We punish successful attempts more severely than we punish failed attempts. Lewis worries that this might be unfair on the grounds that it involves giving different punishments to equally culpable people. His article gives an argument for the conclusion that our practices are fair, despite appearances. However, Lewis himself seemed only partly convinced by the argument.
Lewis’s argument comes in two parts. First, he argues that a system that runs a lottery to determine punishments for those convicted of crimes would be fair. Second, he argues that the way our system treats attempted crimes amounts to a punishment lottery: attempting to commit a crime amounts to entering the lottery and whether you succeed or not is the random element that determines whether you get the payoff of punishment. Taken together, this shows that the way our system treats attempted crimes is fair.
Patrick expressed disagreement about the first part of Lewis’s argument. If two people are equally guilty but get different punishments, that is unfair.
Youhan, on the other hand, stuck up for Lewis. It’s the process or the risk that is equal, not the penalty. She thought that made sense.
Matthew was not crazy about Lewis’s contention that the inequality was due to fortune. Fortune can do that only because of the way we have set things up. Ultimately, it’s on us.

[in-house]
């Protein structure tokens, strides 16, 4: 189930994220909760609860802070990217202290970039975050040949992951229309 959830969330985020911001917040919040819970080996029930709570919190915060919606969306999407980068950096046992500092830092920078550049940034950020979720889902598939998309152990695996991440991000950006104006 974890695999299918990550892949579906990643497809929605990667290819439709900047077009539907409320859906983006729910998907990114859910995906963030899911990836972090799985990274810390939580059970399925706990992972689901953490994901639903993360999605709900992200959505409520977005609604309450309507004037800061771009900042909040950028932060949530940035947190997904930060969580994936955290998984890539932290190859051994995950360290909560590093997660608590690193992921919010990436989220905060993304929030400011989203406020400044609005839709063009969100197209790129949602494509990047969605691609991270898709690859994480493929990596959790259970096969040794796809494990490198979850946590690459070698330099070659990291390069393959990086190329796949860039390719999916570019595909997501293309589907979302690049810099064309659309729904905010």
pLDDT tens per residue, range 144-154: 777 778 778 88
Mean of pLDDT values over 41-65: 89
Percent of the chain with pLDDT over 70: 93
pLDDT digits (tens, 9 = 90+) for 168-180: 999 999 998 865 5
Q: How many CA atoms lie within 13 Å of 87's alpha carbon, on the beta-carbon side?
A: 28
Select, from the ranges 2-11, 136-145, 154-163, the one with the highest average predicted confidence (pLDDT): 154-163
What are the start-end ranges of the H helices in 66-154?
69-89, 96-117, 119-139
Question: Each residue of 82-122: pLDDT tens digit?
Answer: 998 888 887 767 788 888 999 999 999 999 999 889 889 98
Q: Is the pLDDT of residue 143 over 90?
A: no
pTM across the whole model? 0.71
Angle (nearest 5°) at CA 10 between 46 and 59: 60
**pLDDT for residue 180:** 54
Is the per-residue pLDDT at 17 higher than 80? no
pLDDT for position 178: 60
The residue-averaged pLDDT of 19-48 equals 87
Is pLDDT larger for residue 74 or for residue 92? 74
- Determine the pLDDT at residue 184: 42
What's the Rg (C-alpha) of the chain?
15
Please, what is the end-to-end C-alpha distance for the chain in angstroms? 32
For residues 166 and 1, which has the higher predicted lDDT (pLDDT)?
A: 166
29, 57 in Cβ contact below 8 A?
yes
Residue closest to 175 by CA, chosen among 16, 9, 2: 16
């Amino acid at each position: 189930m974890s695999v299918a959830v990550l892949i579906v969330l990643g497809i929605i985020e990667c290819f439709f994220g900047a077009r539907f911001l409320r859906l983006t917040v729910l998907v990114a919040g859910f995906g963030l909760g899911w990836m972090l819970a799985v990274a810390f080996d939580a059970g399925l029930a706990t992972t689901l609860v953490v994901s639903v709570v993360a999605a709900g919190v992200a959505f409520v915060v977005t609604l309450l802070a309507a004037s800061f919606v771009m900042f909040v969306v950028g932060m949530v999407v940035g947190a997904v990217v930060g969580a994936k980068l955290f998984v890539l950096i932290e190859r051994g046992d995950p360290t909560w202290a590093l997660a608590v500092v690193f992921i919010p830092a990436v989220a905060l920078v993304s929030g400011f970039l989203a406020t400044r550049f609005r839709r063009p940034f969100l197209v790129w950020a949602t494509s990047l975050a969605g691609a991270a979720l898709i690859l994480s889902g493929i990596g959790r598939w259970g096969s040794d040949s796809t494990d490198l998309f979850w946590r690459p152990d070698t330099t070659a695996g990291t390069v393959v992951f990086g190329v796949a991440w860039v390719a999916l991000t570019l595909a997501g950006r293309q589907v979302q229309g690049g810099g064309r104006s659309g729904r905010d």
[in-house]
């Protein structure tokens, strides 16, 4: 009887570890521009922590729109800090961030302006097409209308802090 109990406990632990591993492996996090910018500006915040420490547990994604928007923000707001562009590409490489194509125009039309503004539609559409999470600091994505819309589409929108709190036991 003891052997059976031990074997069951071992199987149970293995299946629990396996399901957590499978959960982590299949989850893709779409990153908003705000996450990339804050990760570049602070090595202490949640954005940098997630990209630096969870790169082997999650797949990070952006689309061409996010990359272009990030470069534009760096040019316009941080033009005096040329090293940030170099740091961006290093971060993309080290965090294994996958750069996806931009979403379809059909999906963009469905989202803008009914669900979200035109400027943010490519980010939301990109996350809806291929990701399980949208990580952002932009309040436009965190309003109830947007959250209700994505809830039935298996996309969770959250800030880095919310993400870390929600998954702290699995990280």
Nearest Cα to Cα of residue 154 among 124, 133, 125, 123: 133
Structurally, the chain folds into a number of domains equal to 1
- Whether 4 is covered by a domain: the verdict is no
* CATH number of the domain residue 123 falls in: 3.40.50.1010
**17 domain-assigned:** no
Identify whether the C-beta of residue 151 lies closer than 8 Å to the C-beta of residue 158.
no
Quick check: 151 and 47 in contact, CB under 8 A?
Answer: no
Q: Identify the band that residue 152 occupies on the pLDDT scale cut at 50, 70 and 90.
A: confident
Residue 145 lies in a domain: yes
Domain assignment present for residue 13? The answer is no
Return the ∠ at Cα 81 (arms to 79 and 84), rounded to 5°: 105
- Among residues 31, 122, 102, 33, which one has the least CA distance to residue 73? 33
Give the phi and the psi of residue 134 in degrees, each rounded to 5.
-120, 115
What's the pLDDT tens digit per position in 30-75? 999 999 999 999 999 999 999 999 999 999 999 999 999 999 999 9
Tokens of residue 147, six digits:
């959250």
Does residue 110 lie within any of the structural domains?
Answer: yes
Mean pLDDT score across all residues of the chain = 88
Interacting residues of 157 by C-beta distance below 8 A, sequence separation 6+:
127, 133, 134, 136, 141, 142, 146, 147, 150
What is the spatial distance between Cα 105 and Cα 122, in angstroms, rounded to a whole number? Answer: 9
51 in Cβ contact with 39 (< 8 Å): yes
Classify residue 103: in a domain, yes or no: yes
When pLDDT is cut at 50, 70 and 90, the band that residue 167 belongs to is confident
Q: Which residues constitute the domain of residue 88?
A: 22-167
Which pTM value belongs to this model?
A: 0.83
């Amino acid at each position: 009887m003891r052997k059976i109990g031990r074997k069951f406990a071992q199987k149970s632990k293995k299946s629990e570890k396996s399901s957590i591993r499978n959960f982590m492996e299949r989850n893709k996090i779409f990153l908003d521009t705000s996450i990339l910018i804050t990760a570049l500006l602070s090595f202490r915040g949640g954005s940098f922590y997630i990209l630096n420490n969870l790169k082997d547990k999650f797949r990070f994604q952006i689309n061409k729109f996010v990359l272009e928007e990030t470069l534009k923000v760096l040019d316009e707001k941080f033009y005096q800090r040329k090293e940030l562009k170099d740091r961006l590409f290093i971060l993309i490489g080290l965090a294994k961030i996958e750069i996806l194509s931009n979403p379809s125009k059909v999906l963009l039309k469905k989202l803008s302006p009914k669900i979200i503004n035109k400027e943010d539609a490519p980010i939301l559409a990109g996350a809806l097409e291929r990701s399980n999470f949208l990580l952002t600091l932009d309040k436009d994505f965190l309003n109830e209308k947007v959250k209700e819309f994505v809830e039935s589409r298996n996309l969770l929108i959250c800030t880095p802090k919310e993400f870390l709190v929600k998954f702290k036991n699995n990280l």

One thing to remember about this is that the lottery in the case at hand treats those who successfully complete their crimes more harshly than those who do not. Many of us get into this problem with two thoughts:
So we got into this mess because we thought there was a sense in which the two should be treated the same and a sense in which they should be treated differently. The line of thinking that Lewis and Youhan are following does have the virtue of accommodating both thoughts and showing how they might be rendered consistent with one another.
On the other hand, I think Patrick and others are right to say that the structure of the argument was supposed to move from the fairness of punishment lotteries in general to the fairness of punishment lotteries in the specific case of mere attempts. So if they have good reason to doubt the fairness of punishment lotteries in general, they can say that the argument does not work as intended.
The second part of Lewis’s argument maintains that our current system works like a lottery. It has three parts.
Matthew and Peter were intrigued by a different way of looking at it. The successful criminal commits a different crime than the unsuccessful one. What you succeed in doing determines what you are guilty of. So even if you and I are equally wicked in our intended actions, if you succeed and I fail, you are more guilty than me. This so-called moral luck plays a big role in our lives: you feel relieved if you luckily just miss someone with your car and you feel terrible if you accidentally hit them. But it is not clear how to make sense of it.
Lewis, David. 1989. “The Punishment That Leaves Something to Chance.” Philosophy & Public Affairs 18 (1): 53–67.